Quantcast
Environmental News for a Healthier Planet and Life

Help Support EcoWatch

Luxembourg Makes Public Transport Free

Popular
A photo taken on on Feb. 29 shows a train at Dudelange's train station as the country inaugurates its free public transports policy. JEAN-CHRISTOPHE VERHAEGEN / AFP / Getty Images

Luxembourg Transport Minister Francois Bausch hailed a "great day" for the Grand Duchy, as it became the first country on Earth to make public transport ticket free.


The small but wealthy nation has introduced free public transport in an effort to "motivate" residents — and 214,000 daily foreign commuters — to change their behavior in the hilly region wedged between Germany, Belgium and France.

Rides on buses, trains, and trams were already free on Saturdays but all charges have now been scrapped as the week closes.

Preexisting sales of €2 tickets had amounted to €41 million ($45 million) or just 8 percent of Luxembourg's annual transport budget of €500 million.

Public transport will now be funded largely via taxes paid into the national budget, meaning travel savings for private households, especially "low earners," said Bausch's ministry, adding: "The scheme applies to residents, cross-border commuters and tourists alike."

Commuters, Visitors Will Benefit Too

"You will no longer need a ticket to board any national bus, train or the tram," proclaimed Luxembourg's public transport consortium Saturday, adding: "Commuters from neighboring countries will benefit from reduced fares!"

It warned Luxembourgers however: "Free public transport ends at the border, so you must get a cross-border pass or ticket if you plan to travel outside of the territory of the Grand Duchy."

Tickets would also be needed for first-class travel on trains.

To end traffic jams, Luxembourg in 2017 opened the first section of its planned tram service from the capital's southern outskirts to its airport to the north.

And it's now focused on anticipating travel demand, doubling "Park+Ride" car parking spaces "especially at borders" and establishing "cohesive" cycle routes across its 2,586-square-kilometer (998-square-mile-) landscape.

Alone for its nascent track network, 4 billion euros are being invested over the period 2018 to 2027, to cater for an anticipated 20 percent rise in public mobility needs by 2025.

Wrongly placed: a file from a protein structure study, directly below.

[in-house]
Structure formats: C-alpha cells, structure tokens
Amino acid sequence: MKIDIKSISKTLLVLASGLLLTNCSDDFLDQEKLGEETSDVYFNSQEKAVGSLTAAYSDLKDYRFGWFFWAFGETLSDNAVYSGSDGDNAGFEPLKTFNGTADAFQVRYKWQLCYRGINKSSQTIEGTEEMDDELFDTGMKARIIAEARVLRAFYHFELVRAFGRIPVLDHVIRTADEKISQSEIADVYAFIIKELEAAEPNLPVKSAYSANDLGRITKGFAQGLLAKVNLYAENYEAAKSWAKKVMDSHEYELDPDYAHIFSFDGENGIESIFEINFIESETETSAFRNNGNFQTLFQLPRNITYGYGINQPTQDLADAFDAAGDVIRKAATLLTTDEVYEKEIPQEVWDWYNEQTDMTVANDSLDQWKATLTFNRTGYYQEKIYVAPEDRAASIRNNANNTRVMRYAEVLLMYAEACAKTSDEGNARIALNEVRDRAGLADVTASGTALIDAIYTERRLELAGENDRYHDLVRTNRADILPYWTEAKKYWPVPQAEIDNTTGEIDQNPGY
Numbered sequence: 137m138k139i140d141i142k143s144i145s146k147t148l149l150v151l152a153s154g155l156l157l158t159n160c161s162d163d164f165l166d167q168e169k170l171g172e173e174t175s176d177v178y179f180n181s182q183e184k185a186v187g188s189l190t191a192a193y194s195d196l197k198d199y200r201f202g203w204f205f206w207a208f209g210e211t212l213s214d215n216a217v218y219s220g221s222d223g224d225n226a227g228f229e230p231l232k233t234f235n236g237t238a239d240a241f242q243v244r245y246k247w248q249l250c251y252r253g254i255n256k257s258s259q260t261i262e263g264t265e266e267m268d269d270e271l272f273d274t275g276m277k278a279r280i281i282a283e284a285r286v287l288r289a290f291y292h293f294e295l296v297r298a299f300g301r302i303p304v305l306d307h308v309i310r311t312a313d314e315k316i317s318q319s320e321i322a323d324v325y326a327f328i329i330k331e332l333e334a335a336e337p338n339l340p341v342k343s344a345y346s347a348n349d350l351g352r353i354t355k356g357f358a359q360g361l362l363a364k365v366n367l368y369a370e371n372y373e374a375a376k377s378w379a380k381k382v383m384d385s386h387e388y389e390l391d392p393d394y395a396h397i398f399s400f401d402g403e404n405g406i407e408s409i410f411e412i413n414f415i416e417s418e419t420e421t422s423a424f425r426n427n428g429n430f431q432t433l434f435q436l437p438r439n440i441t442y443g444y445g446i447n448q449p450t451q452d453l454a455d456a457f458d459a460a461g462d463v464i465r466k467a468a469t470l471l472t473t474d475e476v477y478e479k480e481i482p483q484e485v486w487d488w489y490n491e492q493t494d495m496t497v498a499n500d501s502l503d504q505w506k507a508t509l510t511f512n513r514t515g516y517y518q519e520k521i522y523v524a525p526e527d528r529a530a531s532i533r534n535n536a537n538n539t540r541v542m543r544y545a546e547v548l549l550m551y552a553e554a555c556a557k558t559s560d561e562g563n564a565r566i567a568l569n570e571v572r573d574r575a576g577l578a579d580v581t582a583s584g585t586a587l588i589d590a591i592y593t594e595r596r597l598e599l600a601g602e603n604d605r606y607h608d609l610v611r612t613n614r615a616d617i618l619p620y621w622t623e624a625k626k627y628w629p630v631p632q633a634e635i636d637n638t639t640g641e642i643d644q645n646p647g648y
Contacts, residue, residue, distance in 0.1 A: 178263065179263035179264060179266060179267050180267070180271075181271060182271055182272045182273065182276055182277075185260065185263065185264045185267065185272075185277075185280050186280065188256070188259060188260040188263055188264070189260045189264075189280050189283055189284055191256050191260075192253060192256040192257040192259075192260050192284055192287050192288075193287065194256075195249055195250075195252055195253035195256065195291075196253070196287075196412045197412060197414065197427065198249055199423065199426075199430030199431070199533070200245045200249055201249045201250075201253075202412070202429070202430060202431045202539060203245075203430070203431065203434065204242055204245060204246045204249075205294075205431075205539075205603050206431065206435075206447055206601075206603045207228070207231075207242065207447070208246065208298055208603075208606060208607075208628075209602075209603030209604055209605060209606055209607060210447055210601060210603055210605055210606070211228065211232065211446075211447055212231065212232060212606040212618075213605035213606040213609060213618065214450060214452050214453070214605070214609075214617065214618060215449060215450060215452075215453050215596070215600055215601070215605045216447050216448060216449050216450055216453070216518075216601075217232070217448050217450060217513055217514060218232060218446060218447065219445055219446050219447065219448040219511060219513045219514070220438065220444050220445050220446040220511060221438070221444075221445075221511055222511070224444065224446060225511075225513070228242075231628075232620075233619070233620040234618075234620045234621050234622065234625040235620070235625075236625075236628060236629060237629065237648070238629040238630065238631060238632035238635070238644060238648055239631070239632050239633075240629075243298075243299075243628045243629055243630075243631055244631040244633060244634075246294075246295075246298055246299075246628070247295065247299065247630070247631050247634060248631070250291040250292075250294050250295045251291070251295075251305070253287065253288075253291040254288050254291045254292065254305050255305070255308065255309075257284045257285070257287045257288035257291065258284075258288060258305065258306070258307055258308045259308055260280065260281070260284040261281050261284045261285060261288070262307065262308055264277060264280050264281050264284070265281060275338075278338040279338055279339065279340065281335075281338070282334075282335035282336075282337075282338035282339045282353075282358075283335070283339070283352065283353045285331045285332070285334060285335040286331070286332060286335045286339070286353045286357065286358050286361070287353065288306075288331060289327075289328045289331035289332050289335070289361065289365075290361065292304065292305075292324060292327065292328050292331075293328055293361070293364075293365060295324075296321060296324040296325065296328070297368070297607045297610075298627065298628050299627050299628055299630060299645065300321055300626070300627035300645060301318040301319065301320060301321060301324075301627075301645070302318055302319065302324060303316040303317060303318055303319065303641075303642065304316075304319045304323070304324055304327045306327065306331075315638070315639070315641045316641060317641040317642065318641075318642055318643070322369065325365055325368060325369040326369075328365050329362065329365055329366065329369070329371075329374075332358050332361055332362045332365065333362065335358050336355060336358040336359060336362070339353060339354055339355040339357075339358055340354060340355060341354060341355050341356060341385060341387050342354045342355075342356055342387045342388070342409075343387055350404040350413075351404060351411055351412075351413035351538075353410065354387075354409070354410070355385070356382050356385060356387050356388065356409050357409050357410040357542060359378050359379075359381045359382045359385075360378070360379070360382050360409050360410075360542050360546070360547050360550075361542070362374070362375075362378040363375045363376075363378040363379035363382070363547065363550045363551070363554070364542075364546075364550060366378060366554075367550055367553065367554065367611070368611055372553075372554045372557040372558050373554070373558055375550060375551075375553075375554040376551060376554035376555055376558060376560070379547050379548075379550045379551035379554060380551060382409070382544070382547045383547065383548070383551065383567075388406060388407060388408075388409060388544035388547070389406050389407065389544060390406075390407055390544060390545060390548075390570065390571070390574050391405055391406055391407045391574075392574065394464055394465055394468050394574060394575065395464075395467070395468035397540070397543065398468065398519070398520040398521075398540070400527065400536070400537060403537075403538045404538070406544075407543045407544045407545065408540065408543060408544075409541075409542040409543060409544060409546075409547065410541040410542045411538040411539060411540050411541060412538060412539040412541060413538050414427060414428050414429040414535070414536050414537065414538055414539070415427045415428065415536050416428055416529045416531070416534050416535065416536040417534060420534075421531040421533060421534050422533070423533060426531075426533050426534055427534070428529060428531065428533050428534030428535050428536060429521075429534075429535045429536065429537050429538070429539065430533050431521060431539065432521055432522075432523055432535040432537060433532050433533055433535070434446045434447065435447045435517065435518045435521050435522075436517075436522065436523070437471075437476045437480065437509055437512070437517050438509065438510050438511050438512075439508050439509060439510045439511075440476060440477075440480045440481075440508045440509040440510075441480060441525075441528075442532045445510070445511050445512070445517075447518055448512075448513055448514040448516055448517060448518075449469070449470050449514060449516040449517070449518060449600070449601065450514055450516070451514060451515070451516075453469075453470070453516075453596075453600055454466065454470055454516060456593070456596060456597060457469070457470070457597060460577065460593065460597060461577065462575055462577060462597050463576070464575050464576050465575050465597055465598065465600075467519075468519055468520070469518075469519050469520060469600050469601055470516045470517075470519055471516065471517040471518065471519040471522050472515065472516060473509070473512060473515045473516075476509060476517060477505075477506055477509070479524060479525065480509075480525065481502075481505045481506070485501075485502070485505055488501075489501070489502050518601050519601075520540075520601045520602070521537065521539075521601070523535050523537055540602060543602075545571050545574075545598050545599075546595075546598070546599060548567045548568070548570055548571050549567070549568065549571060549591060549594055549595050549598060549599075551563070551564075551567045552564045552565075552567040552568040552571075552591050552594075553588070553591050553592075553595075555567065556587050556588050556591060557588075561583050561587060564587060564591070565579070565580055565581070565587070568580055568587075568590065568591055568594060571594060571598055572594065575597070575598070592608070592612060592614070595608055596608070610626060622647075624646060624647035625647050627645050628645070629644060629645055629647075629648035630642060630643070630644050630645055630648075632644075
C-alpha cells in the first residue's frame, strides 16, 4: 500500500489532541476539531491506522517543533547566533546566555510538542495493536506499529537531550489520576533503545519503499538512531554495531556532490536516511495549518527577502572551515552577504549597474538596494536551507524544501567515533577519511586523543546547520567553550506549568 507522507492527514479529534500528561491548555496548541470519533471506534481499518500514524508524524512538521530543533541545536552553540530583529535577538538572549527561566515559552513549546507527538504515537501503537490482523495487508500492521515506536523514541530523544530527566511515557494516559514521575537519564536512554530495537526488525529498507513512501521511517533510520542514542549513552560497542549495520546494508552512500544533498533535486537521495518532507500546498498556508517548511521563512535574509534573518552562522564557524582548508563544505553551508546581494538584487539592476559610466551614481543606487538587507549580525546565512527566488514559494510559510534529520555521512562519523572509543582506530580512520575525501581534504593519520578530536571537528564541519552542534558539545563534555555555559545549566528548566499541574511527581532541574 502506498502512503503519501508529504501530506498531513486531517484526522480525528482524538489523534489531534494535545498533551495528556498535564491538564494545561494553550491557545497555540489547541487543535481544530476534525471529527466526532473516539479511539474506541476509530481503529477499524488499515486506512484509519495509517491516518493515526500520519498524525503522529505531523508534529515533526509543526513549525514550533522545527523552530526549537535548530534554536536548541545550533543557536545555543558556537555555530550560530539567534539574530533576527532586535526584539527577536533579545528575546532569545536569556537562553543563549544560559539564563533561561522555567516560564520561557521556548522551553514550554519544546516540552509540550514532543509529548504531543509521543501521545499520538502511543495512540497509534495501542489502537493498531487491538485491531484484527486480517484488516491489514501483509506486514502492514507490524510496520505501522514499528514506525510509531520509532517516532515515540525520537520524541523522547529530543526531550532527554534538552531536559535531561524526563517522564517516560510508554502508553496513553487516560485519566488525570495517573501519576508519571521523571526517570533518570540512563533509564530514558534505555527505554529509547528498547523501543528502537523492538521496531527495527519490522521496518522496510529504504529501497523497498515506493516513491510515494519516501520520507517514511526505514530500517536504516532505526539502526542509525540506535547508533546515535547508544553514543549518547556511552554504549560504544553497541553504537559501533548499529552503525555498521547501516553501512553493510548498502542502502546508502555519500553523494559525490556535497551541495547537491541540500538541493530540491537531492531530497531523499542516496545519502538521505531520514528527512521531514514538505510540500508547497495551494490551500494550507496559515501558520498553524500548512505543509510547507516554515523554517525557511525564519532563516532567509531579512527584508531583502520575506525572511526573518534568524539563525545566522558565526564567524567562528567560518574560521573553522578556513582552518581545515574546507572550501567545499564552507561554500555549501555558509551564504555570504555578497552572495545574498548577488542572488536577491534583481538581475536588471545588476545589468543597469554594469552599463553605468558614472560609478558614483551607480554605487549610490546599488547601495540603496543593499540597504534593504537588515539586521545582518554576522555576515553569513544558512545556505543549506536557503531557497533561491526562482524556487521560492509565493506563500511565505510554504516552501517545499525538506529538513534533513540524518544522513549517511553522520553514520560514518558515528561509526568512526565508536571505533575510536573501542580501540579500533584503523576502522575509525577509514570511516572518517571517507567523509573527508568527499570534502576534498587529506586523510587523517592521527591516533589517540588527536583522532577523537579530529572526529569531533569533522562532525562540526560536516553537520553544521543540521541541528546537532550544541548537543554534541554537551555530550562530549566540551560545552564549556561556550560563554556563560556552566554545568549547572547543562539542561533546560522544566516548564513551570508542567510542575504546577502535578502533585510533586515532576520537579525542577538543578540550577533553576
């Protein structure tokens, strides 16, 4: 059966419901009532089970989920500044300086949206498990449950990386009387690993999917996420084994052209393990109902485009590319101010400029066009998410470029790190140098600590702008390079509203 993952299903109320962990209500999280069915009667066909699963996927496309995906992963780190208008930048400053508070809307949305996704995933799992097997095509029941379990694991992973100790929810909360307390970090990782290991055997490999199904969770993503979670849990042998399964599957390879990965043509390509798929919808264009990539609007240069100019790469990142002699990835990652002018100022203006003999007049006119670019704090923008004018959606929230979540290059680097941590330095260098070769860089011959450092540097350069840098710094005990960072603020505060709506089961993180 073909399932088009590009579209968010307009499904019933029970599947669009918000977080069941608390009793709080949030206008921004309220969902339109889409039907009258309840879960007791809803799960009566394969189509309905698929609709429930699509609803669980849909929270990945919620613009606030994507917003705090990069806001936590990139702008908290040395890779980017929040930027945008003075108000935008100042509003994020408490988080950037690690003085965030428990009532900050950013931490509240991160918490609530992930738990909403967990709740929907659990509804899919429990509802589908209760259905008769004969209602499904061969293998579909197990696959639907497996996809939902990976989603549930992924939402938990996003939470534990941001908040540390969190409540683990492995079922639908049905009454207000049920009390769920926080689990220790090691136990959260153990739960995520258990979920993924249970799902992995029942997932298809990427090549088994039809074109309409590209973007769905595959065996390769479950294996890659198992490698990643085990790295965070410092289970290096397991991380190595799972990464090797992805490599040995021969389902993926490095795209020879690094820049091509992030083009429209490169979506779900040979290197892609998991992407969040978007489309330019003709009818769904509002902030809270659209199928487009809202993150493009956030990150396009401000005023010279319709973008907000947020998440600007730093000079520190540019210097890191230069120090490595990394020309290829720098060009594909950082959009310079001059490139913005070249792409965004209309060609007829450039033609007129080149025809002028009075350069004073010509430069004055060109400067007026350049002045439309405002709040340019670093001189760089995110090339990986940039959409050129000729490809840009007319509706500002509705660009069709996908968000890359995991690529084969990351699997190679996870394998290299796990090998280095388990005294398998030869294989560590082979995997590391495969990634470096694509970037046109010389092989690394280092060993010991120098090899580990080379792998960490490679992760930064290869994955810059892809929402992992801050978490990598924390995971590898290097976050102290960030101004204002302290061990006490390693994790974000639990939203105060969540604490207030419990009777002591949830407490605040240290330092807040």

That amounts to €600 per Luxemburg resident per year on rail transport, says the ministry.

Stuck in Traffic

A survey done in 2018 by TNS Ilres found that cars in Luxembourg accounted for 47 percent of business travel and 71 percent of leisure transport.

By 2030, its public transport fleet is expected to have "alternative drive technology," a reference to electric motorization.

Luxembourg, by area one of Europe's smallest sovereign states but one of four EU seats, including the European Court of Justice, is staffed by commuters who travel daily from neighboring France, Belgium and Germany.

Population Growth

The 614,000-person dukedom, with comparatively high wages, is facing strong growth in population. Almost half are foreigners, including resident Portuguese citizens making up 18 percent, and French at 13 percent.

Bausch, a former Luxembourg rail civil servant and member of the Greens, is also Luxembourg's deputy prime minister in a three-party liberal-social democrat-greens coalition government renewed in 2018 and headed by premier Xavier Bettel.

In neighboring Germany, Alexander Handschuh, spokesman for the country's DStGB local bodies association, said Luxembourg's move signaled a paradigm shift because it was trying "very resolutely with an all-round concept" to boost public transport.

Reposted with permission from Deutsche Welle.

EcoWatch Daily Newsletter

Refrigerated trucks function as temporary morgues at the South Brooklyn Marine Terminal on May 06, 2020 in New York City. As of July, the states where COVID-19 cases are rising are mostly in the West and South. Justin Heiman / Getty Images

The official number of people in the U.S. who have lost their lives to the new coronavirus has now passed 130,000, according to tallies from The New York Times, Reuters and Johns Hopkins University.

Read More Show Less
A man walks on pink snow at the Presena glacier near Pellizzano, Italy on July 4, 2020. MIGUEL MEDINA / AFP via Getty Images

In a troubling sign for the future of the Italian Alps, the snow and ice in a glacier is turning pink due to the growth of snow-melting algae, according to scientists studying the pink ice phenomenon, as CNN reported.

Read More Show Less
Sponsored
Climate activist Greta Thunberg discusses EU plans to tackle the climate emergency with Parliament's environment committee on March 4, 2020. CC-BY-4.0: © European Union 2020 – Source: EP

By Abdullahi Alim

The 2008 financial crisis spurred a number of youth movements including Occupy Wall Street and the Arab Spring. A decade later, this anger resurfaced in a new wave of global protests, from Hong Kong to Beirut to London, only this time driven by the children of the 2008 financial crisis.

Read More Show Less
A climate activist holds a victory sign in Washington, DC. after President Obama announced that he would reject the Keystone XL Pipeline proposal on November 6, 2015. Mark Wilson / Getty Images

By Jake Johnson

The Supreme Court late Monday upheld a federal judge's rejection of a crucial permit for Keystone XL and blocked the Trump administration's attempt to greenlight construction of the 1,200-mile crude oil project, the third such blow to the fossil fuel industry in a day—coming just hours after the cancellation of the Atlantic Coast Pipeline and the court-ordered shutdown of the Dakota Access Pipeline.

Read More Show Less

Trending

A forest fire in Yakutsk in eastern Siberia on June 2, 2020. Yevgeny Sofroneyev / TASS via Getty Images

Once thought too frozen to burn, Siberia is now on fire and spewing carbon after enduring its warmest June ever, according to CNN.

Read More Show Less